[1] Young Entrepreneur Council. "Are You Building A Small Business - Or A Startup?" Forbes. N.p., 2012. Web. 
[2] Robehmed, Natalie. "What Is A Startup?" Forbes. N.p., 16 Dec. 2013. Web. 
[3] Haber, Jason. "Why Millennials May Just Be the Best Entrepreneurial Generation Ever." Entrepreneur. N.p., 16 June 2016. Web. 09 Dec. 2016. 
[4] "Millennials Want To Be Entrepreneurs, But A Tough Economy Stands In Their Way." NPR. NPR, 26 Sept. 2016. Web. 09 Dec. 2016. 
[5] "Millennials Want To Be Entrepreneurs, But A Tough Economy Stands In Their Way." 
[6] Meyer, Jared. "Millennials Want To Be Entrepreneurs, So Why Aren't They Starting Businesses? Part 1." Forbes. N.p., 20 July 2015. Web. 
[7] Meyer, Jared. "Millennials Want To Be Entrepreneurs, So Why Aren't They Starting Businesses? Part 1."

Wednesday, December 28, 2016

What’s on The Drink Menu?

Multicultural Millennial Alcohol Beverage Preferences

Laura Criscione
Millennials continue to provide opportunities for many industries due to their different characteristics. This growing generation has proved to be a great target market for alcohol corporations by distinguishing their varying tastes and preferences. “Not only are millennials 77 million strong, they will account for almost 30% of the total consumer product dollars spend by 2020” [1].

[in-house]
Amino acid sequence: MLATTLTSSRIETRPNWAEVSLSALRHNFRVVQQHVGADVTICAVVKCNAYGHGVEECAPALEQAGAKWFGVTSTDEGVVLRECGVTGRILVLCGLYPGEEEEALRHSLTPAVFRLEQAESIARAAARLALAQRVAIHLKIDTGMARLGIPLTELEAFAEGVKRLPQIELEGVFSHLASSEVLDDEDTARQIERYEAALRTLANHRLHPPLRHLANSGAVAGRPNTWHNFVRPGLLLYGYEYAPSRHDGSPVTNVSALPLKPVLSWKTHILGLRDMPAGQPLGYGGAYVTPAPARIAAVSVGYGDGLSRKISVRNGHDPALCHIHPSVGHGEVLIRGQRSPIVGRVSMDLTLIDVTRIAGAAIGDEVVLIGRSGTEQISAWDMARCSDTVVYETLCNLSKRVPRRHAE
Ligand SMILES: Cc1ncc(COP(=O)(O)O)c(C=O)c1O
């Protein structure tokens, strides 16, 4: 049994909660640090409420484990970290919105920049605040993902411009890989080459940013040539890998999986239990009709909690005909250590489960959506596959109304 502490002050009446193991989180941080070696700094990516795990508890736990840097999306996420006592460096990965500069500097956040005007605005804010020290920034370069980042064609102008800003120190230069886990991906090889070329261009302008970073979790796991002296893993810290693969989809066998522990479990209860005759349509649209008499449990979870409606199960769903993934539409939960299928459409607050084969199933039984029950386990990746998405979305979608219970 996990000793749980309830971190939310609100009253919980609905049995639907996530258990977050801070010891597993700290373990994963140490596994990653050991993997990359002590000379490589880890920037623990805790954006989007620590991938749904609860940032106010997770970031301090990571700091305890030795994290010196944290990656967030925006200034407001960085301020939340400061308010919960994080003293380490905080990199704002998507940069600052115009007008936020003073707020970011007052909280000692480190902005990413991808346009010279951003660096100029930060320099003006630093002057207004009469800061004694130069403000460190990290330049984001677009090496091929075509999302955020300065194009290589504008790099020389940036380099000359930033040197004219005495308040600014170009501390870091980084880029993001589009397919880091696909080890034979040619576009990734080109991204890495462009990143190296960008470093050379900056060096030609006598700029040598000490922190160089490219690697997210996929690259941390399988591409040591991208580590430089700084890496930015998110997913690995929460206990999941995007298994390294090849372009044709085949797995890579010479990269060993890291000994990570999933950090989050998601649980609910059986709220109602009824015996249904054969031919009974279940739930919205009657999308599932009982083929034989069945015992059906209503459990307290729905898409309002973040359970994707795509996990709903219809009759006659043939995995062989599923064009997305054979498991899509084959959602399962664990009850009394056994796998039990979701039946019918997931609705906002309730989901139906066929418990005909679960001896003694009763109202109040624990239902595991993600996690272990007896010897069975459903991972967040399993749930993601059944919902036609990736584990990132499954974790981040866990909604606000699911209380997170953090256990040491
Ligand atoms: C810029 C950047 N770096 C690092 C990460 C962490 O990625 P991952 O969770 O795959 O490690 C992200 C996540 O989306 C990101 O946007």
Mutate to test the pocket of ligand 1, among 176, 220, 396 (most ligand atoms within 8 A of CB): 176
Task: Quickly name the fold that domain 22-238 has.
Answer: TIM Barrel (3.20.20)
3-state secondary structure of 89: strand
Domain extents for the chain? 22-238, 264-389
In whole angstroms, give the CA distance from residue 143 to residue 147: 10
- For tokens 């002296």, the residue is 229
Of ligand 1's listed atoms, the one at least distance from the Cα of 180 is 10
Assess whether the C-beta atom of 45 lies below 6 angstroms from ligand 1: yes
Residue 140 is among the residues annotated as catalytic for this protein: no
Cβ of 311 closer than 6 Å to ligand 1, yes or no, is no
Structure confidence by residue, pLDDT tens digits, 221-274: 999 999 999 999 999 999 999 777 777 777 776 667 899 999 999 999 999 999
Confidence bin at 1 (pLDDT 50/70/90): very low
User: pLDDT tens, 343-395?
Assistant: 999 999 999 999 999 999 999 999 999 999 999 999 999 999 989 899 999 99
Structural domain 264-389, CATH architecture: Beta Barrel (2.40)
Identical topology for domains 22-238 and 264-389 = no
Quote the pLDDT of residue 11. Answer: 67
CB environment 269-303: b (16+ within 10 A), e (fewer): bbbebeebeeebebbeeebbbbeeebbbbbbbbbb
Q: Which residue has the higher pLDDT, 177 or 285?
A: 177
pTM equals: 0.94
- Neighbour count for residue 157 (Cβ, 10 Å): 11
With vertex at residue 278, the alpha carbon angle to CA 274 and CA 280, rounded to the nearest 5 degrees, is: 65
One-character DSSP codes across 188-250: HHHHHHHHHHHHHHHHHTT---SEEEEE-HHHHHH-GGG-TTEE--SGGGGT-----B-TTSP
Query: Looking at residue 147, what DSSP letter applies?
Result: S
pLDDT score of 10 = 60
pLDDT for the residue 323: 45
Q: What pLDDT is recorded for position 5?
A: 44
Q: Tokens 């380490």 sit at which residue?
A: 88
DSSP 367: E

When shopping, this younger generation values experience and authenticity; and when purchasing alcohol, it is no different. They rely on online marketing, blog recommendations and in-store drink tastings to get the most relevant and genuine information about a product. “Millennials 21-34 represent about one-fourth of adults 21 and over, but they account for 35% of U.S. beer consumption and 32% of spirit consumption.

Comparatively, they represent only 20% of wine consumption.”[2] These young adults enjoy drinking different types of alcohol in contrasting settings. Beer is typically consumed in destressing and social gatherings with close friends and families. When surveyed, they drank more types of hard alcohol, such as vodka, rum, whiskey and tequila, compared to other generations.[3] “Among liquors, vodka (33%) is the popular choice, with rum (22%) and tequila (21%) vying for the second position.”[4] Yet, they also have a great interest in wine as well.